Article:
The comet will be in a conspicuous place in the sky for the next several mornings, near the bright star Spica on the sky’s dome.
View larger. | EarthSky friend on G+, Scott MacNeill, captured this stunning photo of Comet ISON on the morning of November 15, 2013. Thank you, Scott!
In case you haven’t heard … Comet ISON has been in outburst the past several days. In other words, it has gotten brighter! Our friend Scott MacNeill posted this wonderful photo on EarthSky’s Google+ page.
Many are saying they are glimpsing Comet ISON with the eye alone as a fuzzy barely visible patch in dark skies. The Comet ISON Observing Campaign says:
For those with very dark skies, this now makes it a naked eye object, and even for those in urban environments it is readily visible as a fuzzy green blob about half an hour before sunrise in the southeastern skies.
The comet will be in a conspicuous place in the sky for the next several mornings, near the bright star Spica on the sky’s dome. The charts below might help you find it! Look southeast before dawn for Spica. Scan with binoculars near Spica for the comet.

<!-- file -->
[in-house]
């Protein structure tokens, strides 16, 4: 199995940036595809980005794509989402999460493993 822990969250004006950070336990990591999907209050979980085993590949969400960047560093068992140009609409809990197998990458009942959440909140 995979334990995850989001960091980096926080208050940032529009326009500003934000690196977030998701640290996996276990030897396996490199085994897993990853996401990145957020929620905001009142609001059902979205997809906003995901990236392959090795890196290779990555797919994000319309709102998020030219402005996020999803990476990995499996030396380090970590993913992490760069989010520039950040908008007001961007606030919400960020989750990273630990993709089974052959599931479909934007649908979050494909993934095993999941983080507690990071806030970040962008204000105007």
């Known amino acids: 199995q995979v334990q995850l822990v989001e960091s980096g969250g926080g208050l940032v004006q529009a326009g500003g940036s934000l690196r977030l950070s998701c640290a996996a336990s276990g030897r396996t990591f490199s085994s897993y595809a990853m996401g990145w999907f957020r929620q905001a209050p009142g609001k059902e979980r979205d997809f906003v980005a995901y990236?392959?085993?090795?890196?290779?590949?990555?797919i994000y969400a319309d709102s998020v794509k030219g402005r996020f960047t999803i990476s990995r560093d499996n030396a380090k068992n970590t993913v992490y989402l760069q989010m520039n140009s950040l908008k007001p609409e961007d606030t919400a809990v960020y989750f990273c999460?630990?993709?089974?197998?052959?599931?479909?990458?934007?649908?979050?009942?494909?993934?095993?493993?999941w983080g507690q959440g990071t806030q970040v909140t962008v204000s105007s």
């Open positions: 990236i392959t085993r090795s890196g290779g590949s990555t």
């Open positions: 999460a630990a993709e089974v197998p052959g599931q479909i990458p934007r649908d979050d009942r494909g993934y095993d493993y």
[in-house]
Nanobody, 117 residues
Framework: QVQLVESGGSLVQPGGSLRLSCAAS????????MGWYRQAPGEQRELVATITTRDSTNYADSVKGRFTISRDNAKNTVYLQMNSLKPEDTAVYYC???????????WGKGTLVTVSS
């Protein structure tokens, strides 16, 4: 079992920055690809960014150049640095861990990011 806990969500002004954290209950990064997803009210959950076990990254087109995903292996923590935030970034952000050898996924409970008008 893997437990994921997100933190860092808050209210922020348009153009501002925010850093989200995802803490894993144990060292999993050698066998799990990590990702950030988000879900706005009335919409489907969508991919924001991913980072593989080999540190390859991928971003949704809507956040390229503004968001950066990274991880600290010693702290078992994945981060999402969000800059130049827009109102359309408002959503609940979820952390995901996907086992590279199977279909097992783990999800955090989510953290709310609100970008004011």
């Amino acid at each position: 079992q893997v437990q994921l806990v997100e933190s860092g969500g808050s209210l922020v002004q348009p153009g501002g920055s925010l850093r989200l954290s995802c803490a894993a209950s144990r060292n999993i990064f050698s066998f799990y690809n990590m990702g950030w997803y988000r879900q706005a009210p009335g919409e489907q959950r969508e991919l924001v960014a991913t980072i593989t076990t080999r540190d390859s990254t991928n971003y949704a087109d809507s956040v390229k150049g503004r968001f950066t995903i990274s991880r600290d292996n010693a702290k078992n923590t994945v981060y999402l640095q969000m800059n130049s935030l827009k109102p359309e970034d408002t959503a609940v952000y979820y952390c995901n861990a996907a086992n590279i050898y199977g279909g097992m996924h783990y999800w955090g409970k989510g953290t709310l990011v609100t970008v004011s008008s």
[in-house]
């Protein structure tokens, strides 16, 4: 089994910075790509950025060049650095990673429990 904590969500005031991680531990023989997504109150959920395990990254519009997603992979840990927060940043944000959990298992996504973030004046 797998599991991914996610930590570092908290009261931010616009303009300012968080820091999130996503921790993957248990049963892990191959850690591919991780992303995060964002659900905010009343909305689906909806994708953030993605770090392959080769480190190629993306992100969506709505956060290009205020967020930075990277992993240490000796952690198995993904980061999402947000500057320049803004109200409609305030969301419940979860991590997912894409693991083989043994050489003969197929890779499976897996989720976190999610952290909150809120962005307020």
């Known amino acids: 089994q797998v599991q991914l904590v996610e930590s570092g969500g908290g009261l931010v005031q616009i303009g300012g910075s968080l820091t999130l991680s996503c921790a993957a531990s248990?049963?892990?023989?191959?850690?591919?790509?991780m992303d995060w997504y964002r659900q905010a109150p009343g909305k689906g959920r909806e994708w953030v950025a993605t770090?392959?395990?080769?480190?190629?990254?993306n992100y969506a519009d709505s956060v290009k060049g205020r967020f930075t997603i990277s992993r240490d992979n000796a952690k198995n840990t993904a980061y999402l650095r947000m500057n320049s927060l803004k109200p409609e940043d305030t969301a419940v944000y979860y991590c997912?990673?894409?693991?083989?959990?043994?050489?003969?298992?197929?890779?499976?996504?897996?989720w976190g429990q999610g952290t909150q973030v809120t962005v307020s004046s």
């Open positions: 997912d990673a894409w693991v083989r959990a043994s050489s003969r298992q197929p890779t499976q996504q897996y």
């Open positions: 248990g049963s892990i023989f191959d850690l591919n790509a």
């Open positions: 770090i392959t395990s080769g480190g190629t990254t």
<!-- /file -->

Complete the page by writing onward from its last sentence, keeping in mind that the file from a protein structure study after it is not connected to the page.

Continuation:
On the mornings of November 17 and 18, Comet ISON and the bright star Spica will be in the same field of view in binoculars. Look southeast before dawn for Comet ISON. Click here to know Spica’s rising time in your sky.
Here is the view on November 18. Look southeast before dawn.
View larger. | Here’s the same part of the sky as on the chart above – as photographed on November 13, 2013 by Annie Lewis in Madrid, Spain. This photo looks east before dawn. It’s the part of the sky in which you’ll find Comet ISON.
Read more about Comet ISON’s outburst here.